Monday, September 5, 2011

Sunday, September 7, 2008

Tea processing

The utilization of herbal tea as stimulant and health drink has been a part of the cultural heritage of the indigenous people in Northern Sagada, Mountain Province. The main herbal ingredients that abound in their ancestral domain have been known to contain therapeutic properties that are essential in the improvement of people’s health and thereby the quality of life.

Herbal tea has in recent years generated keen interest and increased popularity among the different sectors of our society. Firstly, it offers a relief organic beverage as an alternative to synthetic drinks coming from the factories. Secondly, the general public has already come to realize not only its potentials as means of maintaining a healthy lifestyle but also its economic significance and contribution to natural resource conservation.

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Thursday, July 31, 2008

Mon 28 Apr 2008
Published in Northern Dispatch Weekly
Makan a la Pinoy: Squash noodlesPosted by editors under general , food

A popular tourist destination, Sagada offers another novelty attraction – canton noodles fortified with squash.
Last week, the Montañosa Research and Development Center (MRDC), a non-government organization based in this town, launched the Sagada Squash Canton Noodles, the very first variety of squash canton to hit the market in Mountain Province and the Cordillera region.
The Sagada Squash Canton Noodles is made from a mixture of squash puree, wheat, egg, squash, and salt. “Our squash canton noodles is very much improved and more nutritious compared to other canton noodles sold in public markets that are just made of flour, food coloring and preservatives. Ours has more nutrients like beta-carotene or Vitamin A,” according to MRDC nutritionist, Charlotte Camfili.
In an analysis conducted by the Food & Nutrition Research Institute (FNRI), a serving of 55g of Sagada squash canton noodles will provide 9%, 12% and 35% of the RDA for energy, protein and vitamin A, respectively.
Marketing of the product is very encouraging. In Sagada alone, orders for squash canton noodles have been increasing.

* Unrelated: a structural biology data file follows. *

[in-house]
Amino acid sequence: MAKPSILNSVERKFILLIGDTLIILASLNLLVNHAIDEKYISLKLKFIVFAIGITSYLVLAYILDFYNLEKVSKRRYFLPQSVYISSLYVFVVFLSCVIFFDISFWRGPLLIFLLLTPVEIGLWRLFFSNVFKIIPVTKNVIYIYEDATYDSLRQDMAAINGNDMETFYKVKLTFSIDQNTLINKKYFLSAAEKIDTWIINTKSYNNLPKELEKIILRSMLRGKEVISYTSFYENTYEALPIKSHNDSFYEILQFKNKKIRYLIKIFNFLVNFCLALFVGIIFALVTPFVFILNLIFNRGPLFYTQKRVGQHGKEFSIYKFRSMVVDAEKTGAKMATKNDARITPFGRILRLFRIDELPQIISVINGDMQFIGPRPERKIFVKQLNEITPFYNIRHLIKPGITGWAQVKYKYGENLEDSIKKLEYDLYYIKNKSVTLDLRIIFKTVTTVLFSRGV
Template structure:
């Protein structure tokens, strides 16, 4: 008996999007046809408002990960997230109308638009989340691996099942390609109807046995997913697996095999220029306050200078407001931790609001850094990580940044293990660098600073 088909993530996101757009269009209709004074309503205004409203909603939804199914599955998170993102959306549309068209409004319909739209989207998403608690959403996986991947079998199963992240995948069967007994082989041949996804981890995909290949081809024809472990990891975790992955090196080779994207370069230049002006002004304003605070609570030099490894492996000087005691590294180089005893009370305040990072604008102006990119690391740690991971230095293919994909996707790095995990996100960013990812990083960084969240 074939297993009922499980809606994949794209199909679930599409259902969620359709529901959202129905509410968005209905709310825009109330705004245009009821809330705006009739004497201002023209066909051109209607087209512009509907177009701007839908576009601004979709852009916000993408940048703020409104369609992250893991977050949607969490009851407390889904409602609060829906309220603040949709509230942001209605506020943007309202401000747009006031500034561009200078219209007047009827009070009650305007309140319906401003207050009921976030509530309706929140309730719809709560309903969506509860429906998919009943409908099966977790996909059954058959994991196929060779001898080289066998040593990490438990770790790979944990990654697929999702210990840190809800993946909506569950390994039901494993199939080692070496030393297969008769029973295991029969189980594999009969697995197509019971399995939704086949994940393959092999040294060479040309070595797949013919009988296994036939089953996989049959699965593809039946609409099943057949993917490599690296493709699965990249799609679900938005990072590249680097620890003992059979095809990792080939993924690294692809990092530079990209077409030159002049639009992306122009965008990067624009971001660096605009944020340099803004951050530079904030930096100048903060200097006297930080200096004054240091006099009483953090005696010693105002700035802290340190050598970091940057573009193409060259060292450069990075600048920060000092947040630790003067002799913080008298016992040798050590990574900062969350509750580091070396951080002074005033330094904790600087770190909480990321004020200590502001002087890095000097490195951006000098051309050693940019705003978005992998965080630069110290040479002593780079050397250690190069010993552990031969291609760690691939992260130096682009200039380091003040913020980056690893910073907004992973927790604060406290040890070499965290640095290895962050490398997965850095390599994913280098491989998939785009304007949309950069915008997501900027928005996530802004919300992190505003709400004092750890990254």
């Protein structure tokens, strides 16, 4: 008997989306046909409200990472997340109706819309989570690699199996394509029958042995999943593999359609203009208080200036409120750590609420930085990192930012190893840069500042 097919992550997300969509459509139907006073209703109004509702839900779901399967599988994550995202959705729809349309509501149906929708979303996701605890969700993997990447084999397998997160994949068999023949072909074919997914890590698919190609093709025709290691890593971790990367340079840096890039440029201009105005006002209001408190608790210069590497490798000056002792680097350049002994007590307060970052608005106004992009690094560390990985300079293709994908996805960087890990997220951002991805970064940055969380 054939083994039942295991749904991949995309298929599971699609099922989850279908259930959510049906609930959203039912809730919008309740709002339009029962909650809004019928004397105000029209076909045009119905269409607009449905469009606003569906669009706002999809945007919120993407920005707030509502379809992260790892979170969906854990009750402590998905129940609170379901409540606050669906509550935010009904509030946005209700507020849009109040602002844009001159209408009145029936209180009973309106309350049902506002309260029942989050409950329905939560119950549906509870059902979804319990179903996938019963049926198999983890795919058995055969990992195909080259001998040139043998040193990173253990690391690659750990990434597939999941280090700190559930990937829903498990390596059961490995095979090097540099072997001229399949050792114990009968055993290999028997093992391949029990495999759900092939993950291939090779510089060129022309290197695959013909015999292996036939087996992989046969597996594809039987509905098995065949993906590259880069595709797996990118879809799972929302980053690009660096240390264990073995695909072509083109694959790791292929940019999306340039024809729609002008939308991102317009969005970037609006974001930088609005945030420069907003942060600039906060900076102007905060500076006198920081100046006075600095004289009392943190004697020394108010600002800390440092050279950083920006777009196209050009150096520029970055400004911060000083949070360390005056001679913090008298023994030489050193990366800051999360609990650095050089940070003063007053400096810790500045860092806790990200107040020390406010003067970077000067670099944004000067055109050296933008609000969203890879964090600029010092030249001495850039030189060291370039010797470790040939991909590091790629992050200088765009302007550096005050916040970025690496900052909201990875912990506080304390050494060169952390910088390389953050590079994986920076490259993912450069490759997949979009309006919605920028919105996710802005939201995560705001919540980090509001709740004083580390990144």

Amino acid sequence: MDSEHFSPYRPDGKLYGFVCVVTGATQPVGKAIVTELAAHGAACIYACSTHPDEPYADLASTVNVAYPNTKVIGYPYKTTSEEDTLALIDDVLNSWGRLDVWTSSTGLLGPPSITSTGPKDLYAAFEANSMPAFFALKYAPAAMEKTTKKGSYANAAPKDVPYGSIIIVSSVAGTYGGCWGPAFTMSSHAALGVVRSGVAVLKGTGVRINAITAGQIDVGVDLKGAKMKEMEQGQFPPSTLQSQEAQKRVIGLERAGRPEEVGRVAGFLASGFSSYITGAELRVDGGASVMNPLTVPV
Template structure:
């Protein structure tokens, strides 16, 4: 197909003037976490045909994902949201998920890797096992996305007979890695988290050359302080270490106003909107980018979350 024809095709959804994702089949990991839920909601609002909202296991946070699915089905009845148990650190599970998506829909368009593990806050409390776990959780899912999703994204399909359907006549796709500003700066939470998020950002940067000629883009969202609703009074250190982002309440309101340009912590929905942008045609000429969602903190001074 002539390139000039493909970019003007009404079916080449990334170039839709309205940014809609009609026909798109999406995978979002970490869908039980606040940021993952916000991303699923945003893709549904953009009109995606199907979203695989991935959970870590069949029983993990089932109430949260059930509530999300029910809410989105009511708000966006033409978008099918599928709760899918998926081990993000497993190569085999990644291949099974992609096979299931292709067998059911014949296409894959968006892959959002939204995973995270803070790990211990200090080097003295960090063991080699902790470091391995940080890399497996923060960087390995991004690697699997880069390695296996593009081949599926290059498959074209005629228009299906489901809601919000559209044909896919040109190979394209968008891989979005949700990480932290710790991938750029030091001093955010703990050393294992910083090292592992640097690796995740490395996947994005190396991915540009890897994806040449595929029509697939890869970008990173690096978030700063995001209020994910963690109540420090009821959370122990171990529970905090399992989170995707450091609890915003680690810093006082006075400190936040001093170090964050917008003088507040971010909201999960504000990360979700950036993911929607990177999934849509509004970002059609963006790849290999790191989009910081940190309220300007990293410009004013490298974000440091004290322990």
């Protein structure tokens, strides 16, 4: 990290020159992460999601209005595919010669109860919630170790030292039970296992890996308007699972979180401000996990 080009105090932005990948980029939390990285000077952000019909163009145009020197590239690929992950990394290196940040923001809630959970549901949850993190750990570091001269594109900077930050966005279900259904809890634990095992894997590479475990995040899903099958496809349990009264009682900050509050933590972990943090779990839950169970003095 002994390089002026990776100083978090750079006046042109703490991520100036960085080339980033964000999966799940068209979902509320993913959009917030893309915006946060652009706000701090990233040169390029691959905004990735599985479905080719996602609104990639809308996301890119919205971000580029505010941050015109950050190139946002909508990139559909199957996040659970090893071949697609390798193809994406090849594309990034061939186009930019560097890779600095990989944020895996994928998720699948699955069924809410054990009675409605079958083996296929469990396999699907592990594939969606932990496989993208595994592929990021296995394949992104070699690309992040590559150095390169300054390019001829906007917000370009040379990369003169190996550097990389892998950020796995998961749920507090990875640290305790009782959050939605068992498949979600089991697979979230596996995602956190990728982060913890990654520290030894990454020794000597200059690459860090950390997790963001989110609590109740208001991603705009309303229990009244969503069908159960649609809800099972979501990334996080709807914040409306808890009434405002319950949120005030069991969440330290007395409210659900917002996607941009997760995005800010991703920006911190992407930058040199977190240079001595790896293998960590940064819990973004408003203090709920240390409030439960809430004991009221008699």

“We are flooded with orders from hotel owners, retailers, and residents. This only shows people are very supportive of this new product from their hometown,” Camfili added.
She said that during the Lang-ay Agro-Industrial Fair held in Bontoc recently, they turned down the offer of some businessmen to market the product due to limited production capacity at present.
MRDC’s plant initially produces 600 packs of 150g vitamin A-enriched noodles every week. But with the growing demand in the local market, it expects to increase production to 150 to 200 packs daily. Each pack costs P20.
Dr. Matthew Tauli, executive director of MRDC, thanked the Department of Science and Technology (DOST) through the FNRI, for providing the necessary information and technology for the manufacture of squash canton noodles.
He also commended the provincial office of the Department of Trade and Industry (DTI) headed by Ms. Juliet Lucas for offering its consultancy services and providing training on product labeling and marketing. #

Tuesday, July 29, 2008

Project Management Training

pictures were taken during the project management training on July 21-24.

Leadership Training

pictures were taken during the Leadership Training on July 14-16, 2008 at the Banaue, Ethnic Village and Pine Forest resort.

Moscovado processing Training (photos)

pictures were taken during the first provincial moscovado training on May 16-19, 2008.

Kalinga communities train for muscovado production
Why spend much on commercial sugar if we can produce our own right within the community? This is especially true to interior communities in Kalinga province, whose limited cash earnings are spent on sugar as coffee sweetener. A case study on the sugar consumption of Brgy. Mabaca in Balbalan municipality revealed that a household has an average consumption of 2-3 kilos sugar every week or 8-12 kilos every month, which costs P50 per kilo. This means that a family consumes 96 to 144 kilos of sugar yearly or an annual expenditure of P4,800 to P7,200 on sugar alone. Annual expenditure on commercial sugar, with a barangay with a 145 household-population was computed to P696,000to P1,044,000, an expenditure which could otherwise be saved to serve as potential source of capital to increase tools of production for muscovado sugar production.
Challenged with the situation, the Timpuyog ti Mannalon iti Kalinga (TMK) or the provincial peasant alliance under the Cordillera Peoples Alliance-Kalinga chapter embarked on a program to increase sugarcane production in their respective communities and process muscovado, a granulated molasses as an alternative to commercial sugar.
Muscovado sugar production training
A joint effort of the TMK and the CPA’s NGO network namely-Montañosa Relief and Rehabilitation Services Foundation Inc, (MRRSFI), Montañosa Research and Development Center (MRDC) and Center for Development Programs in the Cordillera (CDPC), a province-wide training on muscovado sugar production was conducted in Tanglag, Lubuagan, Kalinga from May 16-19, 2008 and was attended by 56 representatives from different TMK local chapters. Dagson Buyagan from Tubo, Abra was invited to help facilitate the training and share his community’s knowledge and experiences on muscovado production.
The training provided a venue to collectively assess current practices in molasses production and discuss ways on how to improve such practices by integrating the lessons learned from a cross-visit to a muscovado mill site in Panay and the village-based experiences of Pananuman in Tubo, Abra on muscovado sugar production.